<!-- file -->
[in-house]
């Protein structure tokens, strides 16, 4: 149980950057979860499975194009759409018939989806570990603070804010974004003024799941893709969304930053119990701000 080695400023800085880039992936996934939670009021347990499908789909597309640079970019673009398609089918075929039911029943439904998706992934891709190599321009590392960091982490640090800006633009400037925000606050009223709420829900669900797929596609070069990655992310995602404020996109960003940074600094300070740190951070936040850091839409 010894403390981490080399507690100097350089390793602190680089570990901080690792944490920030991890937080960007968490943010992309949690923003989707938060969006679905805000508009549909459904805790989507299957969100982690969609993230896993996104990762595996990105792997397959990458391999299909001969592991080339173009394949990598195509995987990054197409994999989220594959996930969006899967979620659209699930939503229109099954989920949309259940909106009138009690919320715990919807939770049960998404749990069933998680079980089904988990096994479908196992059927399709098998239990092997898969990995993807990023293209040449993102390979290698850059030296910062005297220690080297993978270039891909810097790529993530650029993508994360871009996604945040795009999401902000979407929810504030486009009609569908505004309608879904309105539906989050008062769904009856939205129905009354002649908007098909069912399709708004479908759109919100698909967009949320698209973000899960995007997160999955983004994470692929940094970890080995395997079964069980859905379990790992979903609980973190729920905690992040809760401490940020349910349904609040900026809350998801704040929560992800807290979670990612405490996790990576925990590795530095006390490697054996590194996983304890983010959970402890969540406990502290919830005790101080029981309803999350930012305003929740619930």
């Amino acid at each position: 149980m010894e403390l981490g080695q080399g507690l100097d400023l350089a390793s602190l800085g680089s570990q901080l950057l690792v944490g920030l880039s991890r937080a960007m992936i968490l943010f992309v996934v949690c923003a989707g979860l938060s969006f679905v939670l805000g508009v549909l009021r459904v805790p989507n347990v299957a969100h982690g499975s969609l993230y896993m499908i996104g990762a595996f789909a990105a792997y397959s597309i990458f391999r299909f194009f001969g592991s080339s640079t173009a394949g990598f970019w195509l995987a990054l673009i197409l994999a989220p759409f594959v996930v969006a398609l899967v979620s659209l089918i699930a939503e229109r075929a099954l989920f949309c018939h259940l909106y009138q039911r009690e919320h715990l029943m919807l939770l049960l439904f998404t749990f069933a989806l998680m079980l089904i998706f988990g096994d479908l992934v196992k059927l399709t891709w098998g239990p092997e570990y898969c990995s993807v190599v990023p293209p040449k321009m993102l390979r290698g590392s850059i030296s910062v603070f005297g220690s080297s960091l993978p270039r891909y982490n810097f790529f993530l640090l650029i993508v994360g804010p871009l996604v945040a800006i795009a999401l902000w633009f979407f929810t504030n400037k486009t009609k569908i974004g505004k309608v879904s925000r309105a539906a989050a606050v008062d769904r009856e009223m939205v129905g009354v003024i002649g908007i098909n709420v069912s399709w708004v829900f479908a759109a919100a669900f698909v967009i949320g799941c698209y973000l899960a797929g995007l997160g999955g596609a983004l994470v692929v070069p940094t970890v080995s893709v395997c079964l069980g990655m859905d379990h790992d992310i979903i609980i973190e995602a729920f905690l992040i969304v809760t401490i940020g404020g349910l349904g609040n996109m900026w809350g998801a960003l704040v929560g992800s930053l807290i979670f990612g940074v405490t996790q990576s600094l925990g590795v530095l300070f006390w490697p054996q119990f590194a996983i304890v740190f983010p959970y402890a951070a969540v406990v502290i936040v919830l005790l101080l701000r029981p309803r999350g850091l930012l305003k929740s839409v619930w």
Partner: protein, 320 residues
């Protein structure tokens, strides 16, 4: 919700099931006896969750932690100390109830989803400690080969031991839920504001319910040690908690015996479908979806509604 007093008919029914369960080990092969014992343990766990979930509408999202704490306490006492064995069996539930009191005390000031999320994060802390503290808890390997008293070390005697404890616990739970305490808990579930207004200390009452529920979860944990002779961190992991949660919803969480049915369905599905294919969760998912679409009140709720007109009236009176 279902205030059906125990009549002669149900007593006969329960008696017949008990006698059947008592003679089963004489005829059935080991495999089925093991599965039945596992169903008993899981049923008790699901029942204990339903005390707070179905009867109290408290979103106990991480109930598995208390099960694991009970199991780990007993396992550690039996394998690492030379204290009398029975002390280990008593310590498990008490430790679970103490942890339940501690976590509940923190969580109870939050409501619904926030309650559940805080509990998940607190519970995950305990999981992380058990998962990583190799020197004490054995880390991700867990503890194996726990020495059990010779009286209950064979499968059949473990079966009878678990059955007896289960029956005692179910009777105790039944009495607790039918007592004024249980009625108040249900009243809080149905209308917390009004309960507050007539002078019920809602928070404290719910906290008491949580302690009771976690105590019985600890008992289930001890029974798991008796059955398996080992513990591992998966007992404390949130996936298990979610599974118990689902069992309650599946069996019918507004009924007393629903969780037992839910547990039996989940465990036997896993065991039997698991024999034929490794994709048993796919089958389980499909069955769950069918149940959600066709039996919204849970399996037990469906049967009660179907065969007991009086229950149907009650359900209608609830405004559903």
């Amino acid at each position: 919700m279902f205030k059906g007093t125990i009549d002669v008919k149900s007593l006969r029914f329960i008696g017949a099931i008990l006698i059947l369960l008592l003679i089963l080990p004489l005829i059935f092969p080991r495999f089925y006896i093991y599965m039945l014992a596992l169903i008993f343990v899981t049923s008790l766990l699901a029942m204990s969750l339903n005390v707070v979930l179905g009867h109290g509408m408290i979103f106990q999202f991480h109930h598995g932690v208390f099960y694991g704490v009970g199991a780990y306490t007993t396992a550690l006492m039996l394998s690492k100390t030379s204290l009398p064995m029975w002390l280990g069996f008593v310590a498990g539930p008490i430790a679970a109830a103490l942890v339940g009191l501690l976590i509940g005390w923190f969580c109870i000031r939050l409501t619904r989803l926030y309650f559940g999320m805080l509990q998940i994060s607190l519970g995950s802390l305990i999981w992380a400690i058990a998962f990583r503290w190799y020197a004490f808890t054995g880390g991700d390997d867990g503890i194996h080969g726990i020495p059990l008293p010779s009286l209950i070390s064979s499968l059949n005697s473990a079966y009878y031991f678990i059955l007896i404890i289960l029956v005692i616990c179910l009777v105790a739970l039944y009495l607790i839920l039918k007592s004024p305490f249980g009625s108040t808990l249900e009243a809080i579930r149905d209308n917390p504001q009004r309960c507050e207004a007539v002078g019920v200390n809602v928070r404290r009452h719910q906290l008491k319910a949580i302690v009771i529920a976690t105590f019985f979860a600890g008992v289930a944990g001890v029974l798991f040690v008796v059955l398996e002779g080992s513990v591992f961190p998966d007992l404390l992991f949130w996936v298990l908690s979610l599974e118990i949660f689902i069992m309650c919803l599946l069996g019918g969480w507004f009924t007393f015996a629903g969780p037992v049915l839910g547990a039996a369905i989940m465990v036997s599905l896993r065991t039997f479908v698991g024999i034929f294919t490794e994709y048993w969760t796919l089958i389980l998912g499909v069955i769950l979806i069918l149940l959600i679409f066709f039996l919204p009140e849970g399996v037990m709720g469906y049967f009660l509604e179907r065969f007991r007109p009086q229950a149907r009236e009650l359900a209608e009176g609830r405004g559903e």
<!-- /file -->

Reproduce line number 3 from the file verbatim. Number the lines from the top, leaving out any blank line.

């Amino acid at each position: 149980m010894e403390l981490g080695q080399g507690l100097d400023l350089a390793s602190l800085g680089s570990q901080l950057l690792v944490g920030l880039s991890r937080a960007m992936i968490l943010f992309v996934v949690c923003a989707g979860l938060s969006f679905v939670l805000g508009v549909l009021r459904v805790p989507n347990v299957a969100h982690g499975s969609l993230y896993m499908i996104g990762a595996f789909a990105a792997y397959s597309i990458f391999r299909f194009f001969g592991s080339s640079t173009a394949g990598f970019w195509l995987a990054l673009i197409l994999a989220p759409f594959v996930v969006a398609l899967v979620s659209l089918i699930a939503e229109r075929a099954l989920f949309c018939h259940l909106y009138q039911r009690e919320h715990l029943m919807l939770l049960l439904f998404t749990f069933a989806l998680m079980l089904i998706f988990g096994d479908l992934v196992k059927l399709t891709w098998g239990p092997e570990y898969c990995s993807v190599v990023p293209p040449k321009m993102l390979r290698g590392s850059i030296s910062v603070f005297g220690s080297s960091l993978p270039r891909y982490n810097f790529f993530l640090l650029i993508v994360g804010p871009l996604v945040a800006i795009a999401l902000w633009f979407f929810t504030n400037k486009t009609k569908i974004g505004k309608v879904s925000r309105a539906a989050a606050v008062d769904r009856e009223m939205v129905g009354v003024i002649g908007i098909n709420v069912s399709w708004v829900f479908a759109a919100a669900f698909v967009i949320g799941c698209y973000l899960a797929g995007l997160g999955g596609a983004l994470v692929v070069p940094t970890v080995s893709v395997c079964l069980g990655m859905d379990h790992d992310i979903i609980i973190e995602a729920f905690l992040i969304v809760t401490i940020g404020g349910l349904g609040n996109m900026w809350g998801a960003l704040v929560g992800s930053l807290i979670f990612g940074v405490t996790q990576s600094l925990g590795v530095l300070f006390w490697p054996q119990f590194a996983i304890v740190f983010p959970y402890a951070a969540v406990v502290i936040v919830l005790l101080l701000r029981p309803r999350g850091l930012l305003k929740s839409v619930w």